doi:10.1371/journal.pone.0153788
PMCID: PMC4858276  PMID: 27149063
16.  Large-scale genomic analyses link reproductive ageing to hypothalamic signaling, breast cancer susceptibility and BRCA1-mediated DNA repair 
Day, Felix R. | Ruth, Katherine S. | Thompson, Deborah J. | Lunetta, Kathryn L. | Pervjakova, Natalia | Chasman, Daniel I. | Stolk, Lisette | Finucane, Hilary K. | Sulem, Patrick | Bulik-Sullivan, Brendan | Esko, Tõnu | Johnson, Andrew D. | Elks, Cathy E. | Franceschini, Nora | He, Chunyan | Altmaier, Elisabeth | Brody, Jennifer A. | Franke, Lude L. | Huffman, Jennifer E. | Keller, Margaux F. | McArdle, Patrick F. | Nutile, Teresa | Porcu, Eleonora | Robino, Antonietta | Rose, Lynda M. | Schick, Ursula M. | Smith, Jennifer A. | Teumer, Alexander | Traglia, Michela | Vuckovic, Dragana | Yao, Jie | Zhao, Wei | Albrecht, Eva | Amin, Najaf | Corre, Tanguy | Hottenga, Jouke-Jan | Mangino, Massimo | Smith, Albert V. | Tanaka, Toshiko | Abecasis, Goncalo | Andrulis, Irene L. | Anton-Culver, Hoda | Antoniou, Antonis C. | Arndt, Volker | Arnold, Alice M. | Barbieri, Caterina | Beckmann, Matthias W. | Beeghly-Fadiel, Alicia | Benitez, Javier | Bernstein, Leslie | Bielinski, Suzette J. | Blomqvist, Carl | Boerwinkle, Eric | Bogdanova, Natalia V. | Bojesen, Stig E. | Bolla, Manjeet K. | Borresen-Dale, Anne-Lise | Boutin, Thibaud S | Brauch, Hiltrud | Brenner, Hermann | Brüning, Thomas | Burwinkel, Barbara | Campbell, Archie | Campbell, Harry | Chanock, Stephen J. | Chapman, J. Ross | Chen, Yii-Der Ida | Chenevix-Trench, Georgia | Couch, Fergus J. | Coviello, Andrea D. | Cox, Angela | Czene, Kamila | Darabi, Hatef | De Vivo, Immaculata | Demerath, Ellen W. | Dennis, Joe | Devilee, Peter | Dörk, Thilo | dos-Santos-Silva, Isabel | Dunning, Alison M. | Eicher, John D. | Fasching, Peter A. | Faul, Jessica D. | Figueroa, Jonine | Flesch-Janys, Dieter | Gandin, Ilaria | Garcia, Melissa E. | García-Closas, Montserrat | Giles, Graham G. | Girotto, Giorgia G. | Goldberg, Mark S. | González-Neira, Anna | Goodarzi, Mark O. | Grove, Megan L. | Gudbjartsson, Daniel F. | Guénel, Pascal | Guo, Xiuqing | Haiman, Christopher A. | Hall, Per | Hamann, Ute | Henderson, Brian E. | Hocking, Lynne J. | Hofman, Albert | Homuth, Georg | Hooning, Maartje J. | Hopper, John L. | Hu, Frank B. | Huang, Jinyan | Humphreys, Keith | Hunter, David J. | Jakubowska, Anna | Jones, Samuel E. | Kabisch, Maria | Karasik, David | Knight, Julia A. | Kolcic, Ivana | Kooperberg, Charles | Kosma, Veli-Matti | Kriebel, Jennifer | Kristensen, Vessela | Lambrechts, Diether | Langenberg, Claudia | Li, Jingmei | Li, Xin | Lindström, Sara | Liu, Yongmei | Luan, Jian’an | Lubinski, Jan | Mägi, Reedik | Mannermaa, Arto | Manz, Judith | Margolin, Sara | Marten, Jonathan | Martin, Nicholas G. | Masciullo, Corrado | Meindl, Alfons | Michailidou, Kyriaki | Mihailov, Evelin | Milani, Lili | Milne, Roger L. | Müller-Nurasyid, Martina | Nalls, Michael | Neale, Ben M. | Nevanlinna, Heli | Neven, Patrick | Newman, Anne B. | Nordestgaard, Børge G. | Olson, Janet E. | Padmanabhan, Sandosh | Peterlongo, Paolo | Peters, Ulrike | Petersmann, Astrid | Peto, Julian | Pharoah, Paul D.P. | Pirastu, Nicola N. | Pirie, Ailith | Pistis, Giorgio | Polasek, Ozren | Porteous, David | Psaty, Bruce M. | Pylkäs, Katri | Radice, Paolo | Raffel, Leslie J. | Rivadeneira, Fernando | Rudan, Igor | Rudolph, Anja | Ruggiero, Daniela | Sala, Cinzia F. | Sanna, Serena | Sawyer, Elinor J. | Schlessinger, David | Schmidt, Marjanka K. | Schmidt, Frank | Schmutzler, Rita K. | Schoemaker, Minouk J. | Scott, Robert A. | Seynaeve, Caroline M. | Simard, Jacques | Sorice, Rossella | Southey, Melissa C. | Stöckl, Doris | Strauch, Konstantin | Swerdlow, Anthony | Taylor, Kent D. | Thorsteinsdottir, Unnur | Toland, Amanda E. | Tomlinson, Ian | Truong, Thérèse | Tryggvadottir, Laufey | Turner, Stephen T. | Vozzi, Diego | Wang, Qin | Wellons, Melissa | Willemsen, Gonneke | Wilson, James F. | Winqvist, Robert | Wolffenbuttel, Bruce B.H.R. | Wright, Alan F. | Yannoukakos, Drakoulis | Zemunik, Tatijana | Zheng, Wei | Zygmunt, Marek | Bergmann, Sven | Boomsma, Dorret I. | Buring, Julie E. | Ferrucci, Luigi | Montgomery, Grant W. | Gudnason, Vilmundur | Spector, Tim D. | van Duijn, Cornelia M | Alizadeh, Behrooz Z. | Ciullo, Marina | Crisponi, Laura | Easton, Douglas F. | Gasparini, Paolo P. | Gieger, Christian | Harris, Tamara B. | Hayward, Caroline | Kardia, Sharon L.R. | Kraft, Peter | McKnight, Barbara | Metspalu, Andres | Morrison, Alanna C. | Reiner, Alex P. | Ridker, Paul M. | Rotter, Jerome I. | Toniolo, Daniela | Uitterlinden, André G. | Ulivi, Sheila | Völzke, Henry | Wareham, Nicholas J. | Weir, David R. | Yerges-Armstrong, Laura M. | Price, Alkes L. | Stefansson, Kari | Visser, Jenny A. | Ong, Ken K. | Chang-Claude, Jenny | Murabito, Joanne M. | Perry, John R.B. | Murray, Anna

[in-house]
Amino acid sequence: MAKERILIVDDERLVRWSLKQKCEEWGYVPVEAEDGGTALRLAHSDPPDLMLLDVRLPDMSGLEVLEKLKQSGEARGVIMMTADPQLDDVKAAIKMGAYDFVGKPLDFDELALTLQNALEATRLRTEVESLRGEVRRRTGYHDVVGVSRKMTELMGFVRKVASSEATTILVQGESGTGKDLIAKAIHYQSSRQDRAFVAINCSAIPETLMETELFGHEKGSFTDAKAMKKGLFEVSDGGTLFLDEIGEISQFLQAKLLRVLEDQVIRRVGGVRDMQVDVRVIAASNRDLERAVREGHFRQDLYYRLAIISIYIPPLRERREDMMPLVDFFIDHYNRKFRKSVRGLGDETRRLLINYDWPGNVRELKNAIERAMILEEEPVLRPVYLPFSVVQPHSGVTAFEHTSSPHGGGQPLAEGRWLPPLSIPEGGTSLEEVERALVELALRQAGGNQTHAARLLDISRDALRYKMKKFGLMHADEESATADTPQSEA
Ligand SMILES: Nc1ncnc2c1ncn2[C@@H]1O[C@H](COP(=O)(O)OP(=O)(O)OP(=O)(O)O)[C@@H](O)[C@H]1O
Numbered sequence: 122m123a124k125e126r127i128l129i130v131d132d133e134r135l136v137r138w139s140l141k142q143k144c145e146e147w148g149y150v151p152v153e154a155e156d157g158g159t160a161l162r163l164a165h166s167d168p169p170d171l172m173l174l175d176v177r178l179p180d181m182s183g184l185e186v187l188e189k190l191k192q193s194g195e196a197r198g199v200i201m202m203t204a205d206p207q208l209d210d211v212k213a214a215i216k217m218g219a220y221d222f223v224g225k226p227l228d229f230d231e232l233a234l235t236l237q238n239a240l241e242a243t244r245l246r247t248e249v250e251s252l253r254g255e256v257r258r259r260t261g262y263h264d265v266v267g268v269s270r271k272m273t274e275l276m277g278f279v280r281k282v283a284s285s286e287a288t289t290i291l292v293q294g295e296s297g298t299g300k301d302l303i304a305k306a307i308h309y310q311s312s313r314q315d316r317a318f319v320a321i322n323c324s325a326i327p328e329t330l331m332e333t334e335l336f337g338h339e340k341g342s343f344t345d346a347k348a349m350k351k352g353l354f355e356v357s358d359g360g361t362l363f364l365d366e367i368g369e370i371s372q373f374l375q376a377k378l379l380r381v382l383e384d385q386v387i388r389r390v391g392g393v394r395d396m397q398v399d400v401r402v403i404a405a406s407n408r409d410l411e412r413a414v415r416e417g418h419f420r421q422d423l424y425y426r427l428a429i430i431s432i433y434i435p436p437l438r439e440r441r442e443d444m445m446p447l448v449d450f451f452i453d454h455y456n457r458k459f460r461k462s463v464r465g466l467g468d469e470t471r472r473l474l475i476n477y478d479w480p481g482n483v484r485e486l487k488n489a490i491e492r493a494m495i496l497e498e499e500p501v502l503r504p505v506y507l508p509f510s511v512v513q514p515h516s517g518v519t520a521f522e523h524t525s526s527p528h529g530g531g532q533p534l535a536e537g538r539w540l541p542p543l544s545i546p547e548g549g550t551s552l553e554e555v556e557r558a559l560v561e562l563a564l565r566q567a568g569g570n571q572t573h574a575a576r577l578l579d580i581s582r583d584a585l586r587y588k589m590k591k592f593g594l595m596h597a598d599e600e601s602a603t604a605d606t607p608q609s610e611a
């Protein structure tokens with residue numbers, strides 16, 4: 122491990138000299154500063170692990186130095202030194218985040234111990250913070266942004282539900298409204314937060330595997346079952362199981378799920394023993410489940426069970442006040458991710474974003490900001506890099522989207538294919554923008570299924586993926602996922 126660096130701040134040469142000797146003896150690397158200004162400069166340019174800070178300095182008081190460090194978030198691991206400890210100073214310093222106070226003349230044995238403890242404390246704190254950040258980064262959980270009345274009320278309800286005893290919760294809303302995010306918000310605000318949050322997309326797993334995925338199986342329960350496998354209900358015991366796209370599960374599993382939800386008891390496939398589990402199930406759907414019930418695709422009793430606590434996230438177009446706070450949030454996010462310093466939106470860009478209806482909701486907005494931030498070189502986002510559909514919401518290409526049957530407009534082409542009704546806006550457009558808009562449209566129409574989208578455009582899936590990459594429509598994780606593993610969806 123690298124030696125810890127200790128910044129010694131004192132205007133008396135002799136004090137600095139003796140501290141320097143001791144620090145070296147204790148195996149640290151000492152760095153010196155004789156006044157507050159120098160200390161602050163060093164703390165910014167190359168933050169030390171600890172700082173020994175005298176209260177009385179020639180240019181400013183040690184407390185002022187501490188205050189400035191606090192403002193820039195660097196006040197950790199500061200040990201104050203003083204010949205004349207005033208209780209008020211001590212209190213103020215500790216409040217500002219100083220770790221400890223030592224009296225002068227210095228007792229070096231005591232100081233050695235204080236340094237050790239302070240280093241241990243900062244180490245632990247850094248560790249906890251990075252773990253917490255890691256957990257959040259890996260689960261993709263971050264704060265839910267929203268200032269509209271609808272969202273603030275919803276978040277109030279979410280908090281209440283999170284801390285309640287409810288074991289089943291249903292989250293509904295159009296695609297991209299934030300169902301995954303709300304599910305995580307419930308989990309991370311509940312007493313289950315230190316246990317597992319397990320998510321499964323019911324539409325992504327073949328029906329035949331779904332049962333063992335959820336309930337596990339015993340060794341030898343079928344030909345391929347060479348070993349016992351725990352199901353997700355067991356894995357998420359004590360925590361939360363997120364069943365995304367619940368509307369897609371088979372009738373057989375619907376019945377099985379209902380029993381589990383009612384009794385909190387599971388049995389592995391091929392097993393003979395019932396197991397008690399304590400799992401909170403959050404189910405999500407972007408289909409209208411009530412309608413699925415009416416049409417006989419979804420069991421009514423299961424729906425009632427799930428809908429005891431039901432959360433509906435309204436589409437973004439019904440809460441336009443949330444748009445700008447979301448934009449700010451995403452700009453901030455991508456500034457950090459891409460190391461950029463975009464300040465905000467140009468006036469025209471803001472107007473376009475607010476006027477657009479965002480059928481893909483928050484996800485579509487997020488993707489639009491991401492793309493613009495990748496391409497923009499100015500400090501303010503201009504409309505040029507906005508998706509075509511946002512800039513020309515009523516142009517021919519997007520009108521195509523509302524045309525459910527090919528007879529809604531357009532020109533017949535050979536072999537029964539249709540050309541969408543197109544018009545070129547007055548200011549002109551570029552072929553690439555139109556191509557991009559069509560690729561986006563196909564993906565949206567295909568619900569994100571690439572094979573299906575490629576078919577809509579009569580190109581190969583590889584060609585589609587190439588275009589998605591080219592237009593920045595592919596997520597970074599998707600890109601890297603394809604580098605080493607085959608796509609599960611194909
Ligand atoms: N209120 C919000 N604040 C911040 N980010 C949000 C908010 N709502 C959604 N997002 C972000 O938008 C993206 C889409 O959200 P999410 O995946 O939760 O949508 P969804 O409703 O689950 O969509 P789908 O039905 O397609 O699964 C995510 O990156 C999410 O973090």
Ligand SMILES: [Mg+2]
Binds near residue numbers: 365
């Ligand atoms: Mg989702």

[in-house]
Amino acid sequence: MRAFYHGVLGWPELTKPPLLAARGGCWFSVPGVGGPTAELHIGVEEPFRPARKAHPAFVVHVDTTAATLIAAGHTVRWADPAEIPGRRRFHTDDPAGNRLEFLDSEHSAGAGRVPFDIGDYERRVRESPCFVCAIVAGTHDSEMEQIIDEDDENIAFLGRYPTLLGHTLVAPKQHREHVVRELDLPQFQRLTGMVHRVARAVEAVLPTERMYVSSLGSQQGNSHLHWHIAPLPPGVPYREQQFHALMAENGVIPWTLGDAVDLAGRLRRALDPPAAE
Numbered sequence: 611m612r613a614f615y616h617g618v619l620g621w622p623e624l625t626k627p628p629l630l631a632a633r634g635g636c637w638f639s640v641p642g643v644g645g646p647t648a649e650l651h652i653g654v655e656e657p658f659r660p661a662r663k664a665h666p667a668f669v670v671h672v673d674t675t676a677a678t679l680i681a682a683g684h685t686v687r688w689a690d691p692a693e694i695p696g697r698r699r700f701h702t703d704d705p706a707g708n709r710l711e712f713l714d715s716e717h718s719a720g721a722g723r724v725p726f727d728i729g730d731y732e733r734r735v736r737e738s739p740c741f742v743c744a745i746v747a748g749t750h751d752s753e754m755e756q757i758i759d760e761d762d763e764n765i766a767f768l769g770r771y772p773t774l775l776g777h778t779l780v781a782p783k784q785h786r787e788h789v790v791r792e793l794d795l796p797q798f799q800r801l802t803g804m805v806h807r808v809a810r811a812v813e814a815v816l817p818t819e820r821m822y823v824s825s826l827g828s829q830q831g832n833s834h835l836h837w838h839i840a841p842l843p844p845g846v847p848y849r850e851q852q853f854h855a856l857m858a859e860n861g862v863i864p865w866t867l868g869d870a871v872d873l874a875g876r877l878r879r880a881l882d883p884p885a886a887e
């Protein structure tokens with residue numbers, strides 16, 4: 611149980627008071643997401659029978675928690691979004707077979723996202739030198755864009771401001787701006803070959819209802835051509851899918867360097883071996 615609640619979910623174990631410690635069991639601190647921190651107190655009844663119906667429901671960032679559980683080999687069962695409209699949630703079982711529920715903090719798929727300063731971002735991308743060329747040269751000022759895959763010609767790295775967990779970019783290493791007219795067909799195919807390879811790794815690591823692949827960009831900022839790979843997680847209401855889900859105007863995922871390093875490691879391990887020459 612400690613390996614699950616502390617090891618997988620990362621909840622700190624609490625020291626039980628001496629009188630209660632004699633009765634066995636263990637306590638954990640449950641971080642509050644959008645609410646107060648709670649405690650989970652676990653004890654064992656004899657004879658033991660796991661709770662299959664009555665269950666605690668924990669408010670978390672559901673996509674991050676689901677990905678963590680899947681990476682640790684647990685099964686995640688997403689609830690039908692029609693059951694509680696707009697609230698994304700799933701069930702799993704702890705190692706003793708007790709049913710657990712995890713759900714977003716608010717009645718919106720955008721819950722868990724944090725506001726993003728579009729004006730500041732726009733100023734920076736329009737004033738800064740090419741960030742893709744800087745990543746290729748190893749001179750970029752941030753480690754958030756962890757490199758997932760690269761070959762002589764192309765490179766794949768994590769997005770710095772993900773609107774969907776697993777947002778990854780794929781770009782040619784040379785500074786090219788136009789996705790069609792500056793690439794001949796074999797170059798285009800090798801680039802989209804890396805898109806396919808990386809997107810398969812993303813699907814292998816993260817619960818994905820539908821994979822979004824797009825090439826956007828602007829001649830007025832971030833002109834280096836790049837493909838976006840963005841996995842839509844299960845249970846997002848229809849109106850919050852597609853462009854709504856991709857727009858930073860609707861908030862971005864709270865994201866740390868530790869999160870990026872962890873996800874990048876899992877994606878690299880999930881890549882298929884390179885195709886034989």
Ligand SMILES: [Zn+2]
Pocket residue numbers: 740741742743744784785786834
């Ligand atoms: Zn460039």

Nature genetics  2015;47(11):1294-1303.
Menopause timing has a substantial impact on infertility and risk of disease, including breast cancer, but the underlying mechanisms are poorly understood. We report a dual strategy in ~70,000 women to identify common and low-frequency protein-coding variation associated with age at natural menopause (ANM). We identified 44 regions with common variants, including two harbouring additional rare missense alleles of large effect. We found enrichment of signals in/near genes involved in delayed puberty, highlighting the first molecular links between the onset and end of reproductive lifespan. Pathway analyses revealed a major association with DNA damage-response (DDR) genes, including the first common coding variant in BRCA1 associated with any complex trait. Mendelian randomisation analyses supported a causal effect of later ANM on breast cancer risk (~6% risk increase per-year, P=3×10−14), likely mediated by prolonged sex hormone exposure, rather than DDR mechanisms.